{' '} {' '}
Limited time offer
SAVE % on your upgrade.

Page 1

studio la primitive

arts zine issue 6 july 2014



studio la primitive




Robyn Stanton Werkhoven



Ben Kenning

Portrait Artists Australia

Joshua White

Janis Lander


Shelley Cornish

Lorraine Fildes


Judy Henry

Carlin McLellan


David McLeod

Eric Werkhoven


Ann Sutherland

Robyn Werkhoven

Ewen Sutherland

Alex Sutherland


Front cover -

Please do not copy articles in this magazine without written permission of the Editor. Copyright Š 2013 Studio La Primitive, All rights reserved.

Issue 6 - July










Studio La Primitive Antics…….. E&R Werkhoven


Featured Artist………………… Ben Kenning

6 - 13

Robyn Werkhoven

Essay…………………… …… Eric Werkhoven

14 - 15


Featured Artist …………………Shelley Cornish

16 - 25

Poem ……………………………Robyn Werkhoven

26 - 27


BLOOD Exhibition…………….. Robyn Werkhoven

28 - 45


Featured Artist…………………..David McLeod

46 - 57

Postcards From Barcelona…… Lorraine Fildes

58 - 71

Artist Interview

72 - 83


………………. Judy Henry

Portrait Artists Australia……….. Janis Lander

84 - 97

Poetry ………….. ……………

Carlin McLellan

98 - 99

Artist Interview………………… Ann Sutherland

100 - 107


Artist Interview…………………..Ewen Sutherland

108 - 113

Artist Interview ………………… Alex Sutherland

114 - 121


Art News…………………………

122 - 129


Issue 6 - July



EDITORIAL Greetings to all our ARTS ZINE readers .


The July issue features interviews with nationally recog-


nised artist Ben Kenning, and singer / artist / actor David


McLeod .

Don’t miss reading our new essays, poetry and art news. The ARTS ZINE features professional Hunter Valley, national


and international visual artists poets and writers, glimpses


into their world of art and their creative processes.


Submissions welcomed, we would love to have your words


and art works in future editions.

SLP would like to thank all contributors .







Submit articles to email: werkhovenr@bigpond.com Regards - your editor Robyn Werkhoven

Issue 6 - July



E &


N T I C S STUDIO LA PRIMITIVE (C)2014 - ANTICS by E&R Werkhoven collaborative drawings . www.studiolaprimitive.com Issue 6 - July




Issue 6 - July



Ben Kenning by Joshua White “In 2005 I was a longhaired arrogant art student. I was attending Hunter St. Tafe with many other wanna be artists.

Through the crowd of hipsters, hippies, old ladies and a small number of Goths I saw a short-

haired baby-faced boy.

He was quiet and gentle looking. I would later find out that his name was Ben

Kenning, he wanted to be a painter and he worked at an insurance call centre at night. We were both in the same painting class together and that’s where we had our first interactions.

“Hey man.” I said “Hey.” He said in return, in an unexpectedly deep voice. Class continued and we both started to paint, for the first time. I asked him “How do I do this?” His reply was simple and honest “I have no idea.” Ben studied art at a point in his life when he was into drugs.

Not just losing his mind within them but

exploring facets of his brain that wouldn’t normally be reached. DMT, mushrooms, acid, all the gametes of psychedelics were vehicles to these places.”

Opposite page: Artist Ben Kenning beside recent paintings. Issue 6 - July



“I don’t use drugs to create art, but I have drawn from those experiences. These experiences have come to inform my work on a fundamental level. Stimulating creativity and gaining access to non-ordinary realities, is what I have tried to do. I opened myself up to being an artist. I am now away from the 9 to 5 grind, just slaving away. Tafe, Uni and other artists have facilitated my sense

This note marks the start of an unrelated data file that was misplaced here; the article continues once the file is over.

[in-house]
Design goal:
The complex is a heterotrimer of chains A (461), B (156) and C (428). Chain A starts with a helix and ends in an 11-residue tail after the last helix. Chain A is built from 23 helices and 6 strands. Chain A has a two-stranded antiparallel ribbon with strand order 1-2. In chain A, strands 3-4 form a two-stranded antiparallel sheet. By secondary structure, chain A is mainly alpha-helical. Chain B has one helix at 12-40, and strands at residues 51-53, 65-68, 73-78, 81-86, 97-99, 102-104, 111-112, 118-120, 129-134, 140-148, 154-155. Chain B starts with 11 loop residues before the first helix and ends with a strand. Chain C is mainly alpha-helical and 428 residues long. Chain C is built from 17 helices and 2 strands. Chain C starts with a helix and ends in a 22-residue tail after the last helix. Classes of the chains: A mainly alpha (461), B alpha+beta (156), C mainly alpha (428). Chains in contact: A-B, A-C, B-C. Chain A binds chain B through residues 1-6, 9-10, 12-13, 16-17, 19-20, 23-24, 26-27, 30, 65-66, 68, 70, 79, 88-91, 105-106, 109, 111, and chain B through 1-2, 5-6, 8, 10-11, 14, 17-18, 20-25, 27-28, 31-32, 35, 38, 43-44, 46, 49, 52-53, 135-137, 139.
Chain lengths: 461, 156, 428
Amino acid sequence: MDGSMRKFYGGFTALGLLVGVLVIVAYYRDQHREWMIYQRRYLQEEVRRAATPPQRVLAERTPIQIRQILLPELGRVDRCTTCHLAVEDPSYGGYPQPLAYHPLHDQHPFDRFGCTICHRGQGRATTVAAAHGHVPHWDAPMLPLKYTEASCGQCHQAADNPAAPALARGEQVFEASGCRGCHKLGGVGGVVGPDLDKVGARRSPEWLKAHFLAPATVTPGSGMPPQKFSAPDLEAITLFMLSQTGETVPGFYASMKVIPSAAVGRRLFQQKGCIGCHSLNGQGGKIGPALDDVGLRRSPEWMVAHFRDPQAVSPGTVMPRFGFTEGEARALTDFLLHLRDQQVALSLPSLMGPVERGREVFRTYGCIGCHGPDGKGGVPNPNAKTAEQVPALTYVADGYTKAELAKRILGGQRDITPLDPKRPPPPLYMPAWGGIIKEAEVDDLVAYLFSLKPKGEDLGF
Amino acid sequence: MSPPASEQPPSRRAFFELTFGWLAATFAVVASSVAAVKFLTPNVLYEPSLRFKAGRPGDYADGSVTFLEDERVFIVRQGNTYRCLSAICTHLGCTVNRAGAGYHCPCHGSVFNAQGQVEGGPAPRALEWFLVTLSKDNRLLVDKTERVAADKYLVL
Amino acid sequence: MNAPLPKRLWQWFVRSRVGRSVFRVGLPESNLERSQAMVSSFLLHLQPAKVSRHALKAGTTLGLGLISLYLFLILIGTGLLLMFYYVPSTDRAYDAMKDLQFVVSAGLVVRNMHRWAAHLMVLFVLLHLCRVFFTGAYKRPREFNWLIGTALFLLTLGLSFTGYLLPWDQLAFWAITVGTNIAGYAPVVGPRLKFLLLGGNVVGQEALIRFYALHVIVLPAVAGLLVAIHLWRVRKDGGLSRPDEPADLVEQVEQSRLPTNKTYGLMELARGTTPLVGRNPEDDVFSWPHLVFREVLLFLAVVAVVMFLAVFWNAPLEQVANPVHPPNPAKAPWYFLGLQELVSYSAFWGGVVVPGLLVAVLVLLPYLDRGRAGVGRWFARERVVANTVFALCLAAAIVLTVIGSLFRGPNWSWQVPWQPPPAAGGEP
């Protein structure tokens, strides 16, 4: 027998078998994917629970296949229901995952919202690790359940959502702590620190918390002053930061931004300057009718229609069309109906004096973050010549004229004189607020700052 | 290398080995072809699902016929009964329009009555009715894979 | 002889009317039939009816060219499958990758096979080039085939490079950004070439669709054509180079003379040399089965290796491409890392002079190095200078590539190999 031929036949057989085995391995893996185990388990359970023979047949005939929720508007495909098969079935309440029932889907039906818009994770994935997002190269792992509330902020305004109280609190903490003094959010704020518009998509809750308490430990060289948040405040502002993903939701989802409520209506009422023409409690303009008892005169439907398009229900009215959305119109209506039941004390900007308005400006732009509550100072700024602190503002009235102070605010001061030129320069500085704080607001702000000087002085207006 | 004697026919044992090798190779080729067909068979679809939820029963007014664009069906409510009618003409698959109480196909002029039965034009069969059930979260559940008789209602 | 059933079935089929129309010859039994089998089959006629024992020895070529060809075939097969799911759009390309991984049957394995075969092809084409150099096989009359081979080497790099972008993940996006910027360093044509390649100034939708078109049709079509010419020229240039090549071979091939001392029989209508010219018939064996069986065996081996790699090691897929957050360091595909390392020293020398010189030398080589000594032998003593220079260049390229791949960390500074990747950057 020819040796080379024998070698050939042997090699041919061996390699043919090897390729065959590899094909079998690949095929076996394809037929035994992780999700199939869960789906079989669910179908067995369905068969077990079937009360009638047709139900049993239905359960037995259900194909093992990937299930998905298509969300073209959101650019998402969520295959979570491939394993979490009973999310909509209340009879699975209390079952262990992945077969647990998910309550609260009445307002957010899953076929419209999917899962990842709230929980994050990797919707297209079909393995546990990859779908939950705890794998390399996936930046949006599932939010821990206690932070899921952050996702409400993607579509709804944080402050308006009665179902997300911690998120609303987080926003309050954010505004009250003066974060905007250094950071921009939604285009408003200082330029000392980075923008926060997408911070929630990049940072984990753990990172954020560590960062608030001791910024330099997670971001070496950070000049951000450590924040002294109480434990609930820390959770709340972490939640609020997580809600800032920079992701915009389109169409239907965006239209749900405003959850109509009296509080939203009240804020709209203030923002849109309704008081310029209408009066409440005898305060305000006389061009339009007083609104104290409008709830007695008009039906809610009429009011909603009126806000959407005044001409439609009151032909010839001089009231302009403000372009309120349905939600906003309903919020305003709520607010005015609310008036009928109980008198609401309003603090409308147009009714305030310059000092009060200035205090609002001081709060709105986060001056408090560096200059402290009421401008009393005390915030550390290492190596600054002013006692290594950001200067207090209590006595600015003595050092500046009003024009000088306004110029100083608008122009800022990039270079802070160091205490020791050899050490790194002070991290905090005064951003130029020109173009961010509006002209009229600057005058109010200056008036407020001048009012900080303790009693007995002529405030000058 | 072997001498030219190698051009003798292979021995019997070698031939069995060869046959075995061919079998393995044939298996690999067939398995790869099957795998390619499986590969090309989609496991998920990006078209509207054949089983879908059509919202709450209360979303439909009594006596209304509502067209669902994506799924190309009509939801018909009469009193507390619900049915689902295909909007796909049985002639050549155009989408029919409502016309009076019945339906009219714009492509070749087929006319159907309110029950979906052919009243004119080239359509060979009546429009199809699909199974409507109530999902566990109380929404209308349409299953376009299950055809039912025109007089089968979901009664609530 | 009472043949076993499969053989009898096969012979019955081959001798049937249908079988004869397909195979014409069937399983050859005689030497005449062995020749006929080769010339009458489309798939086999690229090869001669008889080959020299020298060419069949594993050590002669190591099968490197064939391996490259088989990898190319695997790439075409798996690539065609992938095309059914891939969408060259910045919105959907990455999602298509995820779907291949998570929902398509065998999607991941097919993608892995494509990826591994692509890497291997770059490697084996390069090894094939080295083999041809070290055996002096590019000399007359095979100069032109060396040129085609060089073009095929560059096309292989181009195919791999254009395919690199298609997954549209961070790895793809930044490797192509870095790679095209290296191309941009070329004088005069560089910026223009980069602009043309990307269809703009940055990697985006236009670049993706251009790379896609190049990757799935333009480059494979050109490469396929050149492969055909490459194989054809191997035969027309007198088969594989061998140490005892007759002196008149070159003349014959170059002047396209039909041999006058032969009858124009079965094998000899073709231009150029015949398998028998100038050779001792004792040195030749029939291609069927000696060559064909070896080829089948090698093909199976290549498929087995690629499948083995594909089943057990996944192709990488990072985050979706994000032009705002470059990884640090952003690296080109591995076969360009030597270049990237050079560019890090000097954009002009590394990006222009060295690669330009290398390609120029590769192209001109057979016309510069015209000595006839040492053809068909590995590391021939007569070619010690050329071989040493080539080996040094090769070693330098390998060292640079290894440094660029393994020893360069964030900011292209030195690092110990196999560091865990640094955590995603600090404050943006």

of place, identity and where I belong.

It was the beginning, I entered into a new, natural state of being.”

“Nine years later and he looks different now, he has changed. His he’s grown into his baby face and his body is inked with tattoos, acquired from travel and youth. I have noticed something within Ben today; he is much calmer and more content. He has more of a purist’s approach to life and his artistic practice: having daily routines, mixed with meditation and treating art like a job, in some ways, are a reflection of his growth. From having ‘no idea’ to forming a skill set of how to handle paint and also a very clear and concise way of verbalizing his concepts, techniques, and where his work is drawn from.”

Issue 6 - July



Painting - Ben Kenning (c)2014

Issue 6 - July



He lives now with his two cats within the walls of a two bedroom unit. There have been many times we have sat up late smoking cigarettes, drinking and talking art. Ben can never not be an artist. Everything revolves around art. “Art is just as much an idea, a philosophy, a way of living.” I ask him “Define what art is in one sentence.” There is a long silence. “Art is creativity and imagination. As much mental as it is physical.”

He has seen me living in a bus, living with a psychotic partner, as a friend, as an artist, as a father to my daughter, as a drunk and overall as nothing more than a man. A man like him. He has a constant deepness. Never judging just always searching and travelling.

Finding things and trying to communicate those things

back - back to anyone who will listen. Never worrying if you completely understand or even if you like it.

Issue 6 - July



Painting - Ben Kenning (c)2014 Issue 6 - July



I wonder why our friendship and journey through art has continued together and is so strong. We are on completely different plains, but I have seen him at his best and I have seen him when he is down and out. Bankruptcy, failed relationships, inner turmoil and life’s complications have never pushed us too far apart. It is totally irrelevant whether he is successful in life or art – it’s all about the next chapter.

“The problem with being an artist is that you’re destitute, destined to be poor.” he says, before adding; “Only in a material sense.”

- Ben Kenning & Joshua White (C)2014